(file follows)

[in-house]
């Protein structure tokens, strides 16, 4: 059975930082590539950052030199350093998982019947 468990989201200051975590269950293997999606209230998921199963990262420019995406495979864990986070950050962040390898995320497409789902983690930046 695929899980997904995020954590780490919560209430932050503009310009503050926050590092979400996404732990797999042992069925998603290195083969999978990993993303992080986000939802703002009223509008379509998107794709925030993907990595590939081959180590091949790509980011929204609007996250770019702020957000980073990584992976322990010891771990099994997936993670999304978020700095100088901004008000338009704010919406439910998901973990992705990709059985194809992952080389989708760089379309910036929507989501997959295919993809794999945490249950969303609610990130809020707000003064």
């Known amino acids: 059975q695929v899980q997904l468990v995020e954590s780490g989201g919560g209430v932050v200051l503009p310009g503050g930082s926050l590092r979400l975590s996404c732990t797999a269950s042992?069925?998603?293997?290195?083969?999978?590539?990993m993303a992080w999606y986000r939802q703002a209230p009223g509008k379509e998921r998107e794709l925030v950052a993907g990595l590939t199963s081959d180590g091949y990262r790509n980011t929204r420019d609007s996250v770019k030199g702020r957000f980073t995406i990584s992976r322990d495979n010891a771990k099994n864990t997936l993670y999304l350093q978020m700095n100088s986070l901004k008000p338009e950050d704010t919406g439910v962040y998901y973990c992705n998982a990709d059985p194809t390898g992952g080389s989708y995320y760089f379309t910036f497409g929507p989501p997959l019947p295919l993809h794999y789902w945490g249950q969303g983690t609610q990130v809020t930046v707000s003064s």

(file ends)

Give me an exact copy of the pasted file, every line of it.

[in-house]
């Protein structure tokens, strides 16, 4: 059975930082590539950052030199350093998982019947 468990989201200051975590269950293997999606209230998921199963990262420019995406495979864990986070950050962040390898995320497409789902983690930046 695929899980997904995020954590780490919560209430932050503009310009503050926050590092979400996404732990797999042992069925998603290195083969999978990993993303992080986000939802703002009223509008379509998107794709925030993907990595590939081959180590091949790509980011929204609007996250770019702020957000980073990584992976322990010891771990099994997936993670999304978020700095100088901004008000338009704010919406439910998901973990992705990709059985194809992952080389989708760089379309910036929507989501997959295919993809794999945490249950969303609610990130809020707000003064």
């Known amino acids: 059975q695929v899980q997904l468990v995020e954590s780490g989201g919560g209430v932050v200051l503009p310009g503050g930082s926050l590092r979400l975590s996404c732990t797999a269950s042992?069925?998603?293997?290195?083969?999978?590539?990993m993303a992080w999606y986000r939802q703002a209230p009223g509008k379509e998921r998107e794709l925030v950052a993907g990595l590939t199963s081959d180590g091949y990262r790509n980011t929204r420019d609007s996250v770019k030199g702020r957000f980073t995406i990584s992976r322990d495979n010891a771990k099994n864990t997936l993670y999304l350093q978020m700095n100088s986070l901004k008000p338009e950050d704010t919406g439910v962040y998901y973990c992705n998982a990709d059985p194809t390898g992952g080389s989708y995320y760089f379309t910036f497409g929507p989501p997959l019947p295919l993809h794999y789902w945490g249950q969303g983690t609610q990130v809020t930046v707000s003064s």